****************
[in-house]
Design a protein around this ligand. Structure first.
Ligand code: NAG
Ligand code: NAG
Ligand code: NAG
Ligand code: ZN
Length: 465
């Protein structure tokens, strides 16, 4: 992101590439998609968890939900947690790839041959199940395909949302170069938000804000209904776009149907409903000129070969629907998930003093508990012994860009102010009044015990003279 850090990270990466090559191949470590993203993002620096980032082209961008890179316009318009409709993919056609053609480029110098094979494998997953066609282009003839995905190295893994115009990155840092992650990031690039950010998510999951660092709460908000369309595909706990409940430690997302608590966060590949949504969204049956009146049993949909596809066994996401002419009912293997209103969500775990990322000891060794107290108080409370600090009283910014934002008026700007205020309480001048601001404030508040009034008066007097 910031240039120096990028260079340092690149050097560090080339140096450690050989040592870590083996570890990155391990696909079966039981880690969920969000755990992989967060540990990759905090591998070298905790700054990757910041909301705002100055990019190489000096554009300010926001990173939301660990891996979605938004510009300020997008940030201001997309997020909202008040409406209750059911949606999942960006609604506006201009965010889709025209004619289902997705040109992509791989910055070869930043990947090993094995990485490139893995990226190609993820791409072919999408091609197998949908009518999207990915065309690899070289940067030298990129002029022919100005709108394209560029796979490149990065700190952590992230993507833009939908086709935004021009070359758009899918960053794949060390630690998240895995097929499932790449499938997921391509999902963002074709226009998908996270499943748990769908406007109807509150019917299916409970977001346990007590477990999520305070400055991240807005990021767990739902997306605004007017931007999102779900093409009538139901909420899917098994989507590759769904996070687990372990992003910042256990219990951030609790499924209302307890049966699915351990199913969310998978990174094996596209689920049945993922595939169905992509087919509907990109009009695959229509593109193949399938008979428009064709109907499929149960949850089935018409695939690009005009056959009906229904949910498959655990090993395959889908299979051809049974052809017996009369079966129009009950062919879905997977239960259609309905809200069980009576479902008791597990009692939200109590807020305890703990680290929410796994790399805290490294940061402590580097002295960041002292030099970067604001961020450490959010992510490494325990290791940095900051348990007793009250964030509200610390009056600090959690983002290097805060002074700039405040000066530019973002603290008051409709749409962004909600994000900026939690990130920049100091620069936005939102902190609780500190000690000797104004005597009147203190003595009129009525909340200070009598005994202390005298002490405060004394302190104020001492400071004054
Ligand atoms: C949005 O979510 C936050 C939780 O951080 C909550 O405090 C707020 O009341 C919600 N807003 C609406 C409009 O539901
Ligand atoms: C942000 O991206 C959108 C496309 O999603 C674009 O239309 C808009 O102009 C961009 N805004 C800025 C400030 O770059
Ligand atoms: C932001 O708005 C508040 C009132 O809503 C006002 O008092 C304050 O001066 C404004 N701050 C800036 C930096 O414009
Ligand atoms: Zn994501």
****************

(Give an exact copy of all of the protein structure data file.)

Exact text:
[in-house]
Design a protein around this ligand. Structure first.
Ligand code: NAG
Ligand code: NAG
Ligand code: NAG
Ligand code: ZN
Length: 465
């Protein structure tokens, strides 16, 4: 992101590439998609968890939900947690790839041959199940395909949302170069938000804000209904776009149907409903000129070969629907998930003093508990012994860009102010009044015990003279 850090990270990466090559191949470590993203993002620096980032082209961008890179316009318009409709993919056609053609480029110098094979494998997953066609282009003839995905190295893994115009990155840092992650990031690039950010998510999951660092709460908000369309595909706990409940430690997302608590966060590949949504969204049956009146049993949909596809066994996401002419009912293997209103969500775990990322000891060794107290108080409370600090009283910014934002008026700007205020309480001048601001404030508040009034008066007097 910031240039120096990028260079340092690149050097560090080339140096450690050989040592870590083996570890990155391990696909079966039981880690969920969000755990992989967060540990990759905090591998070298905790700054990757910041909301705002100055990019190489000096554009300010926001990173939301660990891996979605938004510009300020997008940030201001997309997020909202008040409406209750059911949606999942960006609604506006201009965010889709025209004619289902997705040109992509791989910055070869930043990947090993094995990485490139893995990226190609993820791409072919999408091609197998949908009518999207990915065309690899070289940067030298990129002029022919100005709108394209560029796979490149990065700190952590992230993507833009939908086709935004021009070359758009899918960053794949060390630690998240895995097929499932790449499938997921391509999902963002074709226009998908996270499943748990769908406007109807509150019917299916409970977001346990007590477990999520305070400055991240807005990021767990739902997306605004007017931007999102779900093409009538139901909420899917098994989507590759769904996070687990372990992003910042256990219990951030609790499924209302307890049966699915351990199913969310998978990174094996596209689920049945993922595939169905992509087919509907990109009009695959229509593109193949399938008979428009064709109907499929149960949850089935018409695939690009005009056959009906229904949910498959655990090993395959889908299979051809049974052809017996009369079966129009009950062919879905997977239960259609309905809200069980009576479902008791597990009692939200109590807020305890703990680290929410796994790399805290490294940061402590580097002295960041002292030099970067604001961020450490959010992510490494325990290791940095900051348990007793009250964030509200610390009056600090959690983002290097805060002074700039405040000066530019973002603290008051409709749409962004909600994000900026939690990130920049100091620069936005939102902190609780500190000690000797104004005597009147203190003595009129009525909340200070009598005994202390005298002490405060004394302190104020001492400071004054
Ligand atoms: C949005 O979510 C936050 C939780 O951080 C909550 O405090 C707020 O009341 C919600 N807003 C609406 C409009 O539901
Ligand atoms: C942000 O991206 C959108 C496309 O999603 C674009 O239309 C808009 O102009 C961009 N805004 C800025 C400030 O770059
Ligand atoms: C932001 O708005 C508040 C009132 O809503 C006002 O008092 C304050 O001066 C404004 N701050 C800036 C930096 O414009
Ligand atoms: Zn994501």